webSYDNEY: Australia’s new-look side delivered the minimum required with a victory over South Africa in the dead rubber third test on Sunday but there was understandable caution about proclaiming it the dawning of a new era Down Under.

The Australians axed half their team and brought in three new caps for the day-nighter in Adelaide after losing the series in an innings and 80-run defeat in Hobart, a fifth straight test loss that left captain Steve Smith ‘humiliated’.

But although Smith lauded the “fight, resilience and character” shown by the team on Sunday, it was a masterful innings from a 29-year-old batsman who made his debut five years ago that laid the groundwork for the seven-wicket victory.

Usman Khawaja’s 145 was his country’s only century of the series and finally gave the undoubtedly world class pace duo of Mitchell Starc and Josh Hazlewood something to bowl at.

New cap Peter Handscomb hit a maiden half century in the first innings and the winning run in the second, while 20-year-old opener Matt Renshaw, who had gritted out an unbeaten 34 from 167 balls, was at the other end when the victory was clinched.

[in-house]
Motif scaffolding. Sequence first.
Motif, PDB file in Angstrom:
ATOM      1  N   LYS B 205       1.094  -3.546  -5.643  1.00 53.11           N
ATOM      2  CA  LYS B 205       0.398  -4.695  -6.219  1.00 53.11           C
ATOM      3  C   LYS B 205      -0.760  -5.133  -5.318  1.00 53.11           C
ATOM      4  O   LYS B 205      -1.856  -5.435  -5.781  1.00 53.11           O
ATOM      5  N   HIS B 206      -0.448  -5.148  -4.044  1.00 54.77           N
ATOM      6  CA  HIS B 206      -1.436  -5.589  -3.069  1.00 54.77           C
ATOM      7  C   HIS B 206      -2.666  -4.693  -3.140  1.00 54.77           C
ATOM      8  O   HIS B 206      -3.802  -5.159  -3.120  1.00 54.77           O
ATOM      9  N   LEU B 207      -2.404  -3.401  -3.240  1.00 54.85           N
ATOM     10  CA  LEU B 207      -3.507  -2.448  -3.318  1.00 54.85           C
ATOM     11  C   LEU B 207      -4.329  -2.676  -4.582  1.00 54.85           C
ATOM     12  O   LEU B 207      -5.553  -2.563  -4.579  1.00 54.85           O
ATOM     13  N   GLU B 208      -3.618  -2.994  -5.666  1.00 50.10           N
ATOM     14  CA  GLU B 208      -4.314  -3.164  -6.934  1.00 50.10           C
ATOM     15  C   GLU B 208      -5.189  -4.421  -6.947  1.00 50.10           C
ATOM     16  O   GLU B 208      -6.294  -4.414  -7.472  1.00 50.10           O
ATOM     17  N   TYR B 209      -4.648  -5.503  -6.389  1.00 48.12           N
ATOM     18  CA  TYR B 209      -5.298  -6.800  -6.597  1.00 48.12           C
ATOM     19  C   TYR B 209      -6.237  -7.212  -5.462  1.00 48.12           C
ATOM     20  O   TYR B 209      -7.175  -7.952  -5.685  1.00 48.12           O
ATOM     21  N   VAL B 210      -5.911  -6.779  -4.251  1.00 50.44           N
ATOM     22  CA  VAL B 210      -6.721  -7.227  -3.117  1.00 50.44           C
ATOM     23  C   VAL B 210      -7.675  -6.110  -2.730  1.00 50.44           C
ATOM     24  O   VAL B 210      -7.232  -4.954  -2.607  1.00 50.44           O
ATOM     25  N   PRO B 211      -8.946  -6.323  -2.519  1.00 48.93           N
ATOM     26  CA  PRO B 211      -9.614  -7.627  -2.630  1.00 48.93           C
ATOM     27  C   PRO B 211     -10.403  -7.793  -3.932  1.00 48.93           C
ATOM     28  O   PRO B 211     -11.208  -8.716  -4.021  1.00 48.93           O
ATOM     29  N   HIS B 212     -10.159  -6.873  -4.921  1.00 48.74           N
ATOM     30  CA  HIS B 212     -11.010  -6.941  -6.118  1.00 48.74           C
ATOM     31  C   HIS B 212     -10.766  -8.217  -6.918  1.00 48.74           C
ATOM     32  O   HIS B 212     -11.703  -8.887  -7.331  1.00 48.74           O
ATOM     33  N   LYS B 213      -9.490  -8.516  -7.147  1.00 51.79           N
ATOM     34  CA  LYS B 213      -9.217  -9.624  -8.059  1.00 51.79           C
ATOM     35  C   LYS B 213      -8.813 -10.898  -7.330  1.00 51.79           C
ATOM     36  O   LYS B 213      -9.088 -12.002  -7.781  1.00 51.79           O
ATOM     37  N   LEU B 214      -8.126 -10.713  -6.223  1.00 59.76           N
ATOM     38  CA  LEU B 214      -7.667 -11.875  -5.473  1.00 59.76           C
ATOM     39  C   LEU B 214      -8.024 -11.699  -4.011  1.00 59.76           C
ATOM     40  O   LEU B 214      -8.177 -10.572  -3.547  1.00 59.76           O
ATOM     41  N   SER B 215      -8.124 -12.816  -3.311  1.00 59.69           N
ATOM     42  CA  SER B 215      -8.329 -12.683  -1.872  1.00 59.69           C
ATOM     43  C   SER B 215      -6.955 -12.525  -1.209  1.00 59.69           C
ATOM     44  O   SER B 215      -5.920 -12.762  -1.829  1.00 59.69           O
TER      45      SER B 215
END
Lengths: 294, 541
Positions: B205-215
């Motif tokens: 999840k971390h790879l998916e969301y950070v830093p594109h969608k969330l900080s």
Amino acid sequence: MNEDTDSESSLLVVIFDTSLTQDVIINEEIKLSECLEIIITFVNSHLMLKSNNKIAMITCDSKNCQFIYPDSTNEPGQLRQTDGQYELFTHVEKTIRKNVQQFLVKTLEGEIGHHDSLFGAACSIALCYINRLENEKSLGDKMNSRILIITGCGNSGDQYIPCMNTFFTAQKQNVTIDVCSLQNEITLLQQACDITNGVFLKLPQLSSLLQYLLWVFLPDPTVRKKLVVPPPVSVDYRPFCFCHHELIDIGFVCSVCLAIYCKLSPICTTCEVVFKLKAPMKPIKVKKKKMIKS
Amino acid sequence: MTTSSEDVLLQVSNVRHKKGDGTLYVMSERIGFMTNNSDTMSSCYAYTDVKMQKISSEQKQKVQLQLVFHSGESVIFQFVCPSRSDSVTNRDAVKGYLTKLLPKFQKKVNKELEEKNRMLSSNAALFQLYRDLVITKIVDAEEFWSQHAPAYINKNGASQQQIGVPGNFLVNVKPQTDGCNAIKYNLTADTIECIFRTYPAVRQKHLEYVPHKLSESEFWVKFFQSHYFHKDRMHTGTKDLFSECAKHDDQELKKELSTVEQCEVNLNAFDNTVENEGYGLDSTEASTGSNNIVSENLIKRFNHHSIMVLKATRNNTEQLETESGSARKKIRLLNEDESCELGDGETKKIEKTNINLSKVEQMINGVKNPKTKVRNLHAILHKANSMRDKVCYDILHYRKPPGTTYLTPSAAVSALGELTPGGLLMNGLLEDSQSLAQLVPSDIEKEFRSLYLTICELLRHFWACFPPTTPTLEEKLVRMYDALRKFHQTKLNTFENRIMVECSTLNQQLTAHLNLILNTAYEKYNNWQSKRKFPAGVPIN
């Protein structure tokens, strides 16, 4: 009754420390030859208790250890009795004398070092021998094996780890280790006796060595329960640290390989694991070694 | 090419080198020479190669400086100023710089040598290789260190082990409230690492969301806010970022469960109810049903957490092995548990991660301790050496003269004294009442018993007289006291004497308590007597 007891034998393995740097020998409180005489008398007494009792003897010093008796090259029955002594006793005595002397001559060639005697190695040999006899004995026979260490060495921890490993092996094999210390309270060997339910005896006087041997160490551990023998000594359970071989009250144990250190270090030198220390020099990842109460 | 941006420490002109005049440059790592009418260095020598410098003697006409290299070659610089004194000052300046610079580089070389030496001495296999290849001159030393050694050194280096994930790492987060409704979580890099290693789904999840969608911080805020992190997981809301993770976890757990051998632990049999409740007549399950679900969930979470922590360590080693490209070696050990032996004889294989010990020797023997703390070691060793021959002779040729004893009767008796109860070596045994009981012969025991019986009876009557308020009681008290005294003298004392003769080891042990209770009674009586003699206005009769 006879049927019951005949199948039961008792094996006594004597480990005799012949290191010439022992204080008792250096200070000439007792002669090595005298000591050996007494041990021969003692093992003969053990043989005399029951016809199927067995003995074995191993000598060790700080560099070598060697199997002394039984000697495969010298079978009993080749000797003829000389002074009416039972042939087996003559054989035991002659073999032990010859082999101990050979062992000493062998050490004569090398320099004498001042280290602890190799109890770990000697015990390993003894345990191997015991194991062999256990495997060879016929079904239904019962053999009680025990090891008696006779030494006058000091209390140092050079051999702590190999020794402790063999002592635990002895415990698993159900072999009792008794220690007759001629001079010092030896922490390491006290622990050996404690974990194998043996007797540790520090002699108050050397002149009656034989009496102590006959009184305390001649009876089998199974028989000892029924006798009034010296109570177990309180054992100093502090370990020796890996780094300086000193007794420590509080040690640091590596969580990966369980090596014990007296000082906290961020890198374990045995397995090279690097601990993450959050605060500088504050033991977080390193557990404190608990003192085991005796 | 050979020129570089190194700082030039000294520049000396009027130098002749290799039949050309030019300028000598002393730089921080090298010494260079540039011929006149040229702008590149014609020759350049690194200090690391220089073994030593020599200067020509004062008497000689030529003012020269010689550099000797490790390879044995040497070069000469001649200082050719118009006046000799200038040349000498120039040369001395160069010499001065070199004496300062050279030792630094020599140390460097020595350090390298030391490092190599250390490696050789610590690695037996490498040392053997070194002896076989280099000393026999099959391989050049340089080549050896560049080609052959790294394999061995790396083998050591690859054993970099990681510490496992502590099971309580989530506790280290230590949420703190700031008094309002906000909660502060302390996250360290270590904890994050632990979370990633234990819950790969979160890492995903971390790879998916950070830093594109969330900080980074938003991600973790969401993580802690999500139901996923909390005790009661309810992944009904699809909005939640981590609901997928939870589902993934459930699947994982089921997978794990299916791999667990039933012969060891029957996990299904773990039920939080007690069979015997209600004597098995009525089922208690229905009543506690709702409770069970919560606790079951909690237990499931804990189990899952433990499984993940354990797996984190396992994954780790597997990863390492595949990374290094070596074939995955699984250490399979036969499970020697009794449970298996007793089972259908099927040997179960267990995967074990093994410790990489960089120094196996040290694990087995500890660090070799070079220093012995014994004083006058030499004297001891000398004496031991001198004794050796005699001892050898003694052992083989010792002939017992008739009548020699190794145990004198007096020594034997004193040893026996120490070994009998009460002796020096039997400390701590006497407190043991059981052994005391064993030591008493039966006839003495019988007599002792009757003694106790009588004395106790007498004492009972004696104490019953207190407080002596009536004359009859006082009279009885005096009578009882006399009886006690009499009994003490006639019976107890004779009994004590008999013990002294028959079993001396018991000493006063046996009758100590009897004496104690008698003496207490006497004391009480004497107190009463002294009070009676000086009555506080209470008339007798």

Middle order batsman Nic Maddinson failed to score a run in his maiden innings and the recalled Jackson Bird took 3-111 in a solid, if not spectacular, outing as the third seamer.

Matt Wade, also recalled, raised the decibel levels behind the stumps but made four runs with the bat as his predecessor as wicketkeeper, Peter Nevill, made a point of his own with 179 not out for New South Wales in the Sheffield Shield.

With a three-test home series against Pakistan coming up next month, a trip to India early next year and a home Ashes series in 12 month’s time, it looks highly likely the selectors will stick with their hand in the short-term.

After Hobart, coach Darren Lehmann said only Smith, opener Dave Warner and the two pace spearheads were assured of their places in the side.

To that quartet must now be added Khawaja, who has been recalled and discarded with regularity over the last five years.

Often criticised for his diffidence in a team culture where the pugnacious Warner is offered as the template, the elegant lefthander’s seven-hour epic was proof that there is more than one way to show character on a cricket pitch.

As far as South African skipper Faf du Plessis was concerned, Khawaja’s knock was the difference between the team that lost the first two matches and the one that won in Adelaide.

“Hundreds is what changes games for you,” he said.

“And that will be the challenge for the Australian team going forward. If they can do that, they will be a good team.”